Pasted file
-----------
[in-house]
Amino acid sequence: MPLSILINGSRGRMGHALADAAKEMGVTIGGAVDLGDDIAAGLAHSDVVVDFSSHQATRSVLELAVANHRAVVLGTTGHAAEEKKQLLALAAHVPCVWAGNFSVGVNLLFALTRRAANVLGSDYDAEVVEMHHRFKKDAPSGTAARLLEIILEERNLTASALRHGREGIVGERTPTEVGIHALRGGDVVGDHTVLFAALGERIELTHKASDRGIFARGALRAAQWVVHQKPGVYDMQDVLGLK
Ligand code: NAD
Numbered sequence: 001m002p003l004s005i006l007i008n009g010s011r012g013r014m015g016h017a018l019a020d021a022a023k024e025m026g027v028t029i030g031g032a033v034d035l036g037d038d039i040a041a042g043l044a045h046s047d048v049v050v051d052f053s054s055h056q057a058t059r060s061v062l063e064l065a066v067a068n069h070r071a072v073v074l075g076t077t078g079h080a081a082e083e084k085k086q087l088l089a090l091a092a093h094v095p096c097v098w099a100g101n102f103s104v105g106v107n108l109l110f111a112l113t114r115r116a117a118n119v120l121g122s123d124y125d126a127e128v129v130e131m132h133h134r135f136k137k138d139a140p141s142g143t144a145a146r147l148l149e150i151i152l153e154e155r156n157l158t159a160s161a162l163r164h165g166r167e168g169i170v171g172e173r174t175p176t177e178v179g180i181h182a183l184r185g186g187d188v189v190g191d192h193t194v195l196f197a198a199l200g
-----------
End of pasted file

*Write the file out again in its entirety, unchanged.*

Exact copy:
[in-house]
Amino acid sequence: MPLSILINGSRGRMGHALADAAKEMGVTIGGAVDLGDDIAAGLAHSDVVVDFSSHQATRSVLELAVANHRAVVLGTTGHAAEEKKQLLALAAHVPCVWAGNFSVGVNLLFALTRRAANVLGSDYDAEVVEMHHRFKKDAPSGTAARLLEIILEERNLTASALRHGREGIVGERTPTEVGIHALRGGDVVGDHTVLFAALGERIELTHKASDRGIFARGALRAAQWVVHQKPGVYDMQDVLGLK
Ligand code: NAD
Numbered sequence: 001m002p003l004s005i006l007i008n009g010s011r012g013r014m015g016h017a018l019a020d021a022a023k024e025m026g027v028t029i030g031g032a033v034d035l036g037d038d039i040a041a042g043l044a045h046s047d048v049v050v051d052f053s054s055h056q057a058t059r060s061v062l063e064l065a066v067a068n069h070r071a072v073v074l075g076t077t078g079h080a081a082e083e084k085k086q087l088l089a090l091a092a093h094v095p096c097v098w099a100g101n102f103s104v105g106v107n108l109l110f111a112l113t114r115r116a117a118n119v120l121g122s123d124y125d126a127e128v129v130e131m132h133h134r135f136k137k138d139a140p141s142g143t144a145a146r147l148l149e150i151i152l153e154e155r156n157l158t159a160s161a162l163r164h165g166r167e168g169i170v171g172e173r174t175p176t177e178v179g180i181h182a183l184r185g186g187d188v189v190g191d192h193t194v195l196f197a198a199l200g